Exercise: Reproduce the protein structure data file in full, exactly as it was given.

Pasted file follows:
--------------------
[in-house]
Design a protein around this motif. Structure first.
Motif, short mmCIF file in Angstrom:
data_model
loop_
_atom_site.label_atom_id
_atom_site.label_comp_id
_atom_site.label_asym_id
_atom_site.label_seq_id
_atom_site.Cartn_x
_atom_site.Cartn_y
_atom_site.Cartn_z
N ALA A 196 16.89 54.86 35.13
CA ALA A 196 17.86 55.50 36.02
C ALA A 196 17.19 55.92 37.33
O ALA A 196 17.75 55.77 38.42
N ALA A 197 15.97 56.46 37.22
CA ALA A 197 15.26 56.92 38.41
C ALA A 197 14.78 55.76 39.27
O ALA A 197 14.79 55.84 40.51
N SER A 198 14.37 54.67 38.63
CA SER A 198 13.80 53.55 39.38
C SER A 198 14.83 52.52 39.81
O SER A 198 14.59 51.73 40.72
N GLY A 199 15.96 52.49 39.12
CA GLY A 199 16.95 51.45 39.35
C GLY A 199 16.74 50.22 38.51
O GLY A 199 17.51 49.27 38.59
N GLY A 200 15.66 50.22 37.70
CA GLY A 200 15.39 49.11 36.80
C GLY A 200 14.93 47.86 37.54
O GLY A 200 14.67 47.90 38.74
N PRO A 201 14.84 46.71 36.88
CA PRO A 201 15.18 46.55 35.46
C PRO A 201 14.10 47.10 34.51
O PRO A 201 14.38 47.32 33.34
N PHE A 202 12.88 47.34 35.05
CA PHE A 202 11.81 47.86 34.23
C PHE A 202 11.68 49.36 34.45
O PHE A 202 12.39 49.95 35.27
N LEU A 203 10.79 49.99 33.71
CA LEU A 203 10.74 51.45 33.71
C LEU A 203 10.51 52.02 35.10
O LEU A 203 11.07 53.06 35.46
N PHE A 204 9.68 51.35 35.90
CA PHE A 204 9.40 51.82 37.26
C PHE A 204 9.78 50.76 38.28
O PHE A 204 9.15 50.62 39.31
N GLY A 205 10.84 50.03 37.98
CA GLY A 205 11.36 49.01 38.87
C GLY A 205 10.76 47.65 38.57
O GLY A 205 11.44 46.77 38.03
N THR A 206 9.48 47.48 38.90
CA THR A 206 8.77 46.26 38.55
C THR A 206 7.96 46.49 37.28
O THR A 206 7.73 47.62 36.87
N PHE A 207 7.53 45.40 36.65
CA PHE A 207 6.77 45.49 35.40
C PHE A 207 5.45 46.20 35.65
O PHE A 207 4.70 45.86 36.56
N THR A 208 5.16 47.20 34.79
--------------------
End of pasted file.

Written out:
[in-house]
Design a protein around this motif. Structure first.
Motif, short mmCIF file in Angstrom:
data_model
loop_
_atom_site.label_atom_id
_atom_site.label_comp_id
_atom_site.label_asym_id
_atom_site.label_seq_id
_atom_site.Cartn_x
_atom_site.Cartn_y
_atom_site.Cartn_z
N ALA A 196 16.89 54.86 35.13
CA ALA A 196 17.86 55.50 36.02
C ALA A 196 17.19 55.92 37.33
O ALA A 196 17.75 55.77 38.42
N ALA A 197 15.97 56.46 37.22
CA ALA A 197 15.26 56.92 38.41
C ALA A 197 14.78 55.76 39.27
O ALA A 197 14.79 55.84 40.51
N SER A 198 14.37 54.67 38.63
CA SER A 198 13.80 53.55 39.38
C SER A 198 14.83 52.52 39.81
O SER A 198 14.59 51.73 40.72
N GLY A 199 15.96 52.49 39.12
CA GLY A 199 16.95 51.45 39.35
C GLY A 199 16.74 50.22 38.51
O GLY A 199 17.51 49.27 38.59
N GLY A 200 15.66 50.22 37.70
CA GLY A 200 15.39 49.11 36.80
C GLY A 200 14.93 47.86 37.54
O GLY A 200 14.67 47.90 38.74
N PRO A 201 14.84 46.71 36.88
CA PRO A 201 15.18 46.55 35.46
C PRO A 201 14.10 47.10 34.51
O PRO A 201 14.38 47.32 33.34
N PHE A 202 12.88 47.34 35.05
CA PHE A 202 11.81 47.86 34.23
C PHE A 202 11.68 49.36 34.45
O PHE A 202 12.39 49.95 35.27
N LEU A 203 10.79 49.99 33.71
CA LEU A 203 10.74 51.45 33.71
C LEU A 203 10.51 52.02 35.10
O LEU A 203 11.07 53.06 35.46
N PHE A 204 9.68 51.35 35.90
CA PHE A 204 9.40 51.82 37.26
C PHE A 204 9.78 50.76 38.28
O PHE A 204 9.15 50.62 39.31
N GLY A 205 10.84 50.03 37.98
CA GLY A 205 11.36 49.01 38.87
C GLY A 205 10.76 47.65 38.57
O GLY A 205 11.44 46.77 38.03
N THR A 206 9.48 47.48 38.90
CA THR A 206 8.77 46.26 38.55
C THR A 206 7.96 46.49 37.28
O THR A 206 7.73 47.62 36.87
N PHE A 207 7.53 45.40 36.65
CA PHE A 207 6.77 45.49 35.40
C PHE A 207 5.45 46.20 35.65
O PHE A 207 4.70 45.86 36.56
N THR A 208 5.16 47.20 34.79